Archive for September, 2011

30
Sep
11

Clifford Ross : “Hurricanes” (Photography)

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It took Clifford Ross a few years of photographing hurricanes and being dissatisfied with the results before he realized that the central drama was in the ocean. And that if he wanted to capture it, he’d have to get in it. “There’s an apocryphal tale that Turner lashed himself to a ship’s mast” says Ross describing the 19th century painter’s desire to depict stormy seas. Ross matches that devotion by getting into breakers to his neck, “I’m putting people into a position they would not normally be.”[Time]

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Clifford Ross
Hurricane VIII
50 x 60″
2000

Clifford Ross
Hurricane XV
50 x 60″
2000

Clifford Ross
Hurricane XLII
50 x 60″
2007

Clifford Ross
Hurricane II
50 x 60″
2000

Clifford Ross
Hurricane I
50 x 60″
2000

Clifford Ross
Hurricane XXV
50 x 60″
2000

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Having started out just donning a bathing suit, over the years he’s refined his equipment from waders, tightly belted at the waist, to his present set up—wetsuit, flotation vest and a rope tied to his assistant on the beach. And no, his assistant has no special lifeguard training, “I guess I have to pray that our relationship is as strong as I think it is,” Ross chuckles.

The artist, a New York City native, first became interested in photographing hurricanes in the mid-’90s, he thought he’d be chasing them all over the world. Until he realized he could just stay put on Georgica Beach, a few miles from his Long Island home. “I sit like a fisherman and wait,” says Ross who lenses eight to 12 storms per year. He doesn’t use waterproof cameras, “I don’t want anything between me and the wave,” says Ross. Despite photographing in water anywhere from his ankles to his neck, “the camera and I have both survived,” says Ross. “Its like dancers who say they leave their body during a performance. I’m so riveted by what I see, and trying to stay upright, I don’t feel any fear.”

While Ross admits to a certain amount of thrill seeking, its bearing witness to man’s negative influence on the environment that’s important to him. “Man made pollution has likely increased the intensity of droughts and hurricanes worldwide,” says Ross. He sees his photos as a warning on some level. “When hurricanes land, they force us to look at what we’re doing to nature. Did we cause some portion of this? Did we increase the intensity? The thought that we added fuel to the fire it’s appalling.” [Time]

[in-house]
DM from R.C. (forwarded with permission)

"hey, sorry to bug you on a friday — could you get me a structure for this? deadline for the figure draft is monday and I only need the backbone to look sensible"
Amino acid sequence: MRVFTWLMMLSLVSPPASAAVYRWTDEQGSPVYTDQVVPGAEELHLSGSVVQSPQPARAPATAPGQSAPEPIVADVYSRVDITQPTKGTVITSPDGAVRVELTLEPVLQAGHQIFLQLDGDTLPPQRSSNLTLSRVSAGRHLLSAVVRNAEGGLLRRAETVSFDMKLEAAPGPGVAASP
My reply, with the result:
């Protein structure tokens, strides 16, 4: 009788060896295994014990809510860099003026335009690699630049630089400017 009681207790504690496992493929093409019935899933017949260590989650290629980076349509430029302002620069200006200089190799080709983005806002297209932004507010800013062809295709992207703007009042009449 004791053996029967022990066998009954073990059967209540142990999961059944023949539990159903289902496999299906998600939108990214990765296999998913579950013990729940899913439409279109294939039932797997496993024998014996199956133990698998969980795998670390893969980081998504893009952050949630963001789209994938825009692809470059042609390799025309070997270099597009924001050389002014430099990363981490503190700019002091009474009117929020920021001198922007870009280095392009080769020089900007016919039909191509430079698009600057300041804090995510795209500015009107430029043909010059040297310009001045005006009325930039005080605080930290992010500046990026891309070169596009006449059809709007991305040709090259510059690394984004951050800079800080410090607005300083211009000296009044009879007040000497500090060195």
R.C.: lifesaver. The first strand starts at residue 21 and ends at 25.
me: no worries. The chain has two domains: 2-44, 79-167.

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Clifford Ross : Website

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28
Sep
11

Kees Goudzwaard : Paintings

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‘Condense’
oil on canvas
50 x 40 cm
2011

‘Transparent Body’
oil on canvas
120 x 100 cm
2010

‘Range’
oil on canvas
80 x 100 cm
2011

‘Templet’
oil on canvas
75 x 60 cm
2011

‘Compound Lines’
oil on canvas
40 x 50 cm
2010

‘Mirage’
oil on canvas
50 x 40 cm
2010

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There is no direct reason to say this, but Kees Goudzwaard’s paintings are akin to music, covering a range that goes from the serial compositional structure to the fluidity of jazz. This innocuous, simple claim is probably related to the most intangible and imperceptible aspects of Kees Goudzwaard’s creative practice, since only remotely can the idea of composition in contemporary painting now be based on a comparison to music, which lies at the very origin of the idea of composition and was even its model from the perspective of a certain nineteenth and twentieth-century aesthetic.

In fact, music doesn’t act as an archetype, but rather as a creative system of reference for Kees painting. He starts from a set of elements which he recombines until he attains an aesthetically operative model that allows him to find a temporary solution to one of the disputes between the ancients and moderns that lasted throughout the entire twentieth century: the relationship between abstraction and figuration. In 1912, Guillaume Apollinaire established a comparison between Cubism and the history of painting, on the one hand, and between music and poetry, on the other, in order to demonstrate that the fundamental issue of modern painting was abstraction, regardless of any possible recognition of the elements that make up the painting’s composition.

Likewise, Kees Goudzwaard has found a representational system which derives from the notion of model and is simultaneously centred around a methodology based on an idea of composition and a game-like recognition of the represented. In fact, the compositional form of Goudzwaard’s paintings emerges from a score which is worked as a 1:1 scale model and subsequently transferred onto the canvas. This model is, first and foremost, a field in which Goudzwaard structures the formal question that he aims to explore: he uses sheets of coloured paper and sometimes acetate sheets (overlaid or not) attached to cardboard or to each other with masking tape.